I come from a large catholic family where food was super important. Growing up, we were always taught about waste management, which is a recurring theme that I teach everyone who comes in my shop. Waste management is a skill taught in all restaurants, or at least it should be. I create a very perishable product that is only available for 1 day max. We can’t serve it the next day. So what do you do with the waste that is left over? We bring it to people who need it.
Although doughnuts don’t hold any real caloric value, I still donate them to those who don’t have the luxury to be picky. Growing up, we were always told to finish everything on our plate. I mean, we were shown photos of kids we sponsored overseas who didn’t have the same resources as we did. And that’s something I’ve brought with me to the shop. We give whatever we have leftover. That’s what we do. It’s what we should all do.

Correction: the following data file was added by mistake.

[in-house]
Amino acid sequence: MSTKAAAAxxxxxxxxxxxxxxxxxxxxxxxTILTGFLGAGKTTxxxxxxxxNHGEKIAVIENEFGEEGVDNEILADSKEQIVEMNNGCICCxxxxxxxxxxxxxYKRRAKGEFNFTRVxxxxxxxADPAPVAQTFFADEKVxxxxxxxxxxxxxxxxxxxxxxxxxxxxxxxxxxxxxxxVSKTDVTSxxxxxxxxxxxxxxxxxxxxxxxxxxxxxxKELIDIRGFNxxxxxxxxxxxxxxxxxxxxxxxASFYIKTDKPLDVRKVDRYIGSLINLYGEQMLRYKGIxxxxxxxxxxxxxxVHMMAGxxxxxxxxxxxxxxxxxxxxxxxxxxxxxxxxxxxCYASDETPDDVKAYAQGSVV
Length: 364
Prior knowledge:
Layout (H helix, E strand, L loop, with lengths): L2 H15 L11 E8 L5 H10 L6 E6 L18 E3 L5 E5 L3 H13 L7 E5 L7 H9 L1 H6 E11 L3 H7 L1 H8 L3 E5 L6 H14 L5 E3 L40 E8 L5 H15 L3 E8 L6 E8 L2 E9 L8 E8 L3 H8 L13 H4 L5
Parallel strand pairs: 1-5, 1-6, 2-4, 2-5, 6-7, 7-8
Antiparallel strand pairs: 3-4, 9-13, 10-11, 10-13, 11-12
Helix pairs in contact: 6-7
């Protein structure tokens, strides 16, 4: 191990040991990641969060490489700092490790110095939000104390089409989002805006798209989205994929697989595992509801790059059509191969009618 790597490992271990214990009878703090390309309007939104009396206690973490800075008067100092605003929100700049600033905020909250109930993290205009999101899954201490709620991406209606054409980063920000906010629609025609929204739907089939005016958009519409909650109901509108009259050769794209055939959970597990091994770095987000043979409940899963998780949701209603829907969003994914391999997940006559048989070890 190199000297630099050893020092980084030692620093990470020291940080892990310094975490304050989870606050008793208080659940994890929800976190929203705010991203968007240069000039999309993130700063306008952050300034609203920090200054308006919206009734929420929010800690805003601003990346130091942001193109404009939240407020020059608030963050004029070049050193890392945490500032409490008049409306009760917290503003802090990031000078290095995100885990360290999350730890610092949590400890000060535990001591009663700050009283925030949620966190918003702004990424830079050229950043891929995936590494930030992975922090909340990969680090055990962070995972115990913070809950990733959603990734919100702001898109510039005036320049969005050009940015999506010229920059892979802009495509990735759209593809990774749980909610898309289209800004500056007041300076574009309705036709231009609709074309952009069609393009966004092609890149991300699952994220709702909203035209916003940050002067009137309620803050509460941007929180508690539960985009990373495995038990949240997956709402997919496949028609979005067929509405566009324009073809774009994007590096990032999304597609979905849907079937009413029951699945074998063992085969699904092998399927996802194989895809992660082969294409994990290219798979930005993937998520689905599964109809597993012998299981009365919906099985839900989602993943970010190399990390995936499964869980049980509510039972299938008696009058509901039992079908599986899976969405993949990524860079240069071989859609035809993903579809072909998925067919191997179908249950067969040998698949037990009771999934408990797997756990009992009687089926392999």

And I think food is an amazing communicator in that way. As cheesy as it sounds, it brings people together. We give what we have left over which makes us part of the community. but if you make a big pot of risotto or paella, people are going to smell that and they are going to come. When you have a fight with your girlfriend, husband, whatever. You make a good meal, there’s no more fighting haha! I think that has been an important theme in my life, how food can bring people together.
Ashley Jacot De Boinod - Owner of GloryHole Doughnuts